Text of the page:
Racial profiling on airplanes is unfortunately nothing new but in our current social and political climate, this type of behavior has become dangerously normalized. Last week, a high school student wrongfully photographed a man wearing a turban on an airplane and shared the images on Snapchat.
The teen, who has not been identified due to his age, accompanied the images with captions implying that the man was potentially a terrorist who planned to hijack the plane. "Never mind I might not make it to Indy," he wrote in one caption. The elderly man in the photos didn't appear to know that his picture was being taken, and he was even asleep in one of the photos.
When Simran Jeet Singh, a professor of religion at Trinity University in Texas, learned that the images had been shared on social media platforms including Facebook and Twitter, he used them as an example of what it's like for a person who "appears Muslim" to travel by plane.
Singh, a Sikh activist, says a quick look at the teen's Twitter account showed he stood by his racist, invasive actions: “I tracked his Twitter account for a little bit, and he was tweeting about the photo,” Singh told New York Magazine. “When they [the plane screenshots] were going viral, he was sharing similar messages about why he stands by what he said.”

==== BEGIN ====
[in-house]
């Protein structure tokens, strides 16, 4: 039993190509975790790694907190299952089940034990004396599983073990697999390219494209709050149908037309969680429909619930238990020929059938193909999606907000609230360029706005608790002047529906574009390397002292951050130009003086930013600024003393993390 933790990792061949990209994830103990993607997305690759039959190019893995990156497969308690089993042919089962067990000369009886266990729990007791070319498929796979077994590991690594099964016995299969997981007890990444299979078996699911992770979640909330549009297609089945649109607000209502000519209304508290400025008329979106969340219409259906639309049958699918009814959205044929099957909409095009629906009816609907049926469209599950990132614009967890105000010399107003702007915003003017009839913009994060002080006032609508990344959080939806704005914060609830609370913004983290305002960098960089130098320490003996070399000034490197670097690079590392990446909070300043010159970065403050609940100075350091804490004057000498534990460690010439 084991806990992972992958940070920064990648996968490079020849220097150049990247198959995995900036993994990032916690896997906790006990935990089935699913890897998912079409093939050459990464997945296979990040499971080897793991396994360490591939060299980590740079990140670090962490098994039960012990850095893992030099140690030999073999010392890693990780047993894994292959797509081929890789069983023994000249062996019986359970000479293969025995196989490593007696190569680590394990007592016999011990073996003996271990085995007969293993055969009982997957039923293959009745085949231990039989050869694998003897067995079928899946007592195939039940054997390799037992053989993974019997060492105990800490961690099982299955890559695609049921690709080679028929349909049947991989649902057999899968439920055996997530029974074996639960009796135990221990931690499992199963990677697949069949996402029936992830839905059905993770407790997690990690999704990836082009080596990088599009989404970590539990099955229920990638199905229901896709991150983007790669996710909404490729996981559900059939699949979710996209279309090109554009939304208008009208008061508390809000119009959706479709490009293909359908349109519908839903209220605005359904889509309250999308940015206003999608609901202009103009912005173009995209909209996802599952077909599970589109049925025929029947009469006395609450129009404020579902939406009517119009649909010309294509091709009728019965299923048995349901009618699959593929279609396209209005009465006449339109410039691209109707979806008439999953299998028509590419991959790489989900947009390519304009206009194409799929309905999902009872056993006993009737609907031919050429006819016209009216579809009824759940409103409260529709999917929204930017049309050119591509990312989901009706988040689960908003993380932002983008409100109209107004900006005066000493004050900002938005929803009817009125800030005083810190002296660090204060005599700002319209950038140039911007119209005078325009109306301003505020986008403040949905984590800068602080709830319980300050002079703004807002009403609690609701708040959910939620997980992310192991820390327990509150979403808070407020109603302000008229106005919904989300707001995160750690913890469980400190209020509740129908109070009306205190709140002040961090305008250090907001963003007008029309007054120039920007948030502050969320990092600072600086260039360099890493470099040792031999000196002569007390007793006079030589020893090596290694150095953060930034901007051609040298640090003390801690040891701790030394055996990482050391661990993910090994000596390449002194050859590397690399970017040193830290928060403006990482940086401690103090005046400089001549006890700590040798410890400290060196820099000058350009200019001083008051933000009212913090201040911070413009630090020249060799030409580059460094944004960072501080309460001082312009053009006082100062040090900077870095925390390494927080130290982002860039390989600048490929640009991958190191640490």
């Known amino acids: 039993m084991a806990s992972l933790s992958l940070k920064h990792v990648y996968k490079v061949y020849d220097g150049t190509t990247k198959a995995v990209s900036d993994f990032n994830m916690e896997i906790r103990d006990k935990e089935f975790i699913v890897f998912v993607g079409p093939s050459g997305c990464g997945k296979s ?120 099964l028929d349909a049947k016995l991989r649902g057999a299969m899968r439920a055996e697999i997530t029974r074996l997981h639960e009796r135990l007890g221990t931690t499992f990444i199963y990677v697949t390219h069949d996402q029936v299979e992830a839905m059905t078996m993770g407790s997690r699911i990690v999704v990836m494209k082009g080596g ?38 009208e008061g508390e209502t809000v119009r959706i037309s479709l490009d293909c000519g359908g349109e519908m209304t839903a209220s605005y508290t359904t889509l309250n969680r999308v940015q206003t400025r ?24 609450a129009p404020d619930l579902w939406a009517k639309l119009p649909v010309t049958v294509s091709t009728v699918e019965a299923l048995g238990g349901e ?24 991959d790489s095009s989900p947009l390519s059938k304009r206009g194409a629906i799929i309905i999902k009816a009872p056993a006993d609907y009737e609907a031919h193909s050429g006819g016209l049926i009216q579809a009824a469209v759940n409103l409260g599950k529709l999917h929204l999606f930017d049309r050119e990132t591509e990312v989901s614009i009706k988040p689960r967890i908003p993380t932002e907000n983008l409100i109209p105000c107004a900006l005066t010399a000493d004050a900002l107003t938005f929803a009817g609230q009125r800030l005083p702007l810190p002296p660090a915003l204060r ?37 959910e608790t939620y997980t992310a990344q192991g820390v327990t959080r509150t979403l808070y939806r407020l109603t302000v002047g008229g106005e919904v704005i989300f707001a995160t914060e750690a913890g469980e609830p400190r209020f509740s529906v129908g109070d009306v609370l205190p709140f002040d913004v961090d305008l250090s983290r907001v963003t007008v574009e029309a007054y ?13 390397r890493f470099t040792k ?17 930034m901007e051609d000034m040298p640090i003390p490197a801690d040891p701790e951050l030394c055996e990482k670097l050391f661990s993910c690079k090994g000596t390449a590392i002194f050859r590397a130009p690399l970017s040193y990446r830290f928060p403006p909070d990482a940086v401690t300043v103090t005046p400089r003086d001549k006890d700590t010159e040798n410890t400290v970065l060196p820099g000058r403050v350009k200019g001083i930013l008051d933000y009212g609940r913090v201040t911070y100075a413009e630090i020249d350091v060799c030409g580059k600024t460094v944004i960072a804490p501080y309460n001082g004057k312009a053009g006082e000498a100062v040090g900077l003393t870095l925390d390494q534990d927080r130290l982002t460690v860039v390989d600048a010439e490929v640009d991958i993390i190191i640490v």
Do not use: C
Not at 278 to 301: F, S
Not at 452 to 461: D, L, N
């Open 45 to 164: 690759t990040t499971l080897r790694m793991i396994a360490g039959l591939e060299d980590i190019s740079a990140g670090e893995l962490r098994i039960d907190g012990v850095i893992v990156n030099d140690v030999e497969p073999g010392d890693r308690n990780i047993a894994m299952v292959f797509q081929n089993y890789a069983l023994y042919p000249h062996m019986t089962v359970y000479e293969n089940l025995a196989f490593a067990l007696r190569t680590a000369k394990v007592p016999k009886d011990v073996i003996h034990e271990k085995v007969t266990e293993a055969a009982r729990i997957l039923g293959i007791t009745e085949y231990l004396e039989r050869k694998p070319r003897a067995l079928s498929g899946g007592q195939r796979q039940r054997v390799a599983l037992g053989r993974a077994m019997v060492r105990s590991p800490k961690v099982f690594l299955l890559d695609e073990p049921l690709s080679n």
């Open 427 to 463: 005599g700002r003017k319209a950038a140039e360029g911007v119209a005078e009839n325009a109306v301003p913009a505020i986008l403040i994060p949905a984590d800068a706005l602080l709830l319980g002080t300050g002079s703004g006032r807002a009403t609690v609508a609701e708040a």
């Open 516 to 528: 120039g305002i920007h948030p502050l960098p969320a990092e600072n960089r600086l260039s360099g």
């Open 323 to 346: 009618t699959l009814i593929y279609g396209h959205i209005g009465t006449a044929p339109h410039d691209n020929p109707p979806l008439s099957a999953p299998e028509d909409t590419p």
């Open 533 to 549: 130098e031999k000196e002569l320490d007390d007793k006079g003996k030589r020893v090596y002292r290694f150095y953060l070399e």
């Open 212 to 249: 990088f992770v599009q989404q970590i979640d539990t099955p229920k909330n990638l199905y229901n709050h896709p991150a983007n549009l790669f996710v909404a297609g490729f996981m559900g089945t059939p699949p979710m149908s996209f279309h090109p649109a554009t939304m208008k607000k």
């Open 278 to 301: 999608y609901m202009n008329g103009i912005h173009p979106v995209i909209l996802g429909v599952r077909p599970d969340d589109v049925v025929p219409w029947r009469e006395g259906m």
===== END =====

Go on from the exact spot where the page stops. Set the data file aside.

He also noted that the teen had received positive feedback from Twitter users who applauded his actions.
“It hits close to home because he’s an older man. He’s clearly harmless, and he could very well be my father or my grandfather," Singh explained. "So that just hits close to home, because if this individual is receiving this kind of messaging from a fellow passenger, it could have been any one of us."
Singh himself is no stranger to racial profiling when traveling by plane. He says he is frequently selected for secondary TSA screenings and people often "choose" to not sit next to him on airplanes.
“Really, you never know the line between hateful thoughts and speech and hateful actions. It could easily cross over into violence, and that could affect any of us at any time," he explained.
“I just think that in this political climate, we all have a responsibility to stand up against racism whenever we see it," Singh continued. "So I just felt, when I saw these photos, that it was just a responsibility I had to my community — and to other minorities in this country — to bring light to the fact that these are the kinds of sentiments going around."
His words are especially important this week: Earlier today, a modified version of Donald Trump's travel ban was officially put into effect despite the best efforts of federal judges in Hawaii, Maryland, Virginia, and California. The Supreme Court has announced it will hear oral arguments on the case this fall.
When it comes to anti-Muslim rhetoric and actions, if you see something, say something. The behavior exhibited by this teen is both morally reprehensible and dangerous. We hope the national attention he's garnered will make him think twice the next time he's inclined to engage in racial profiling.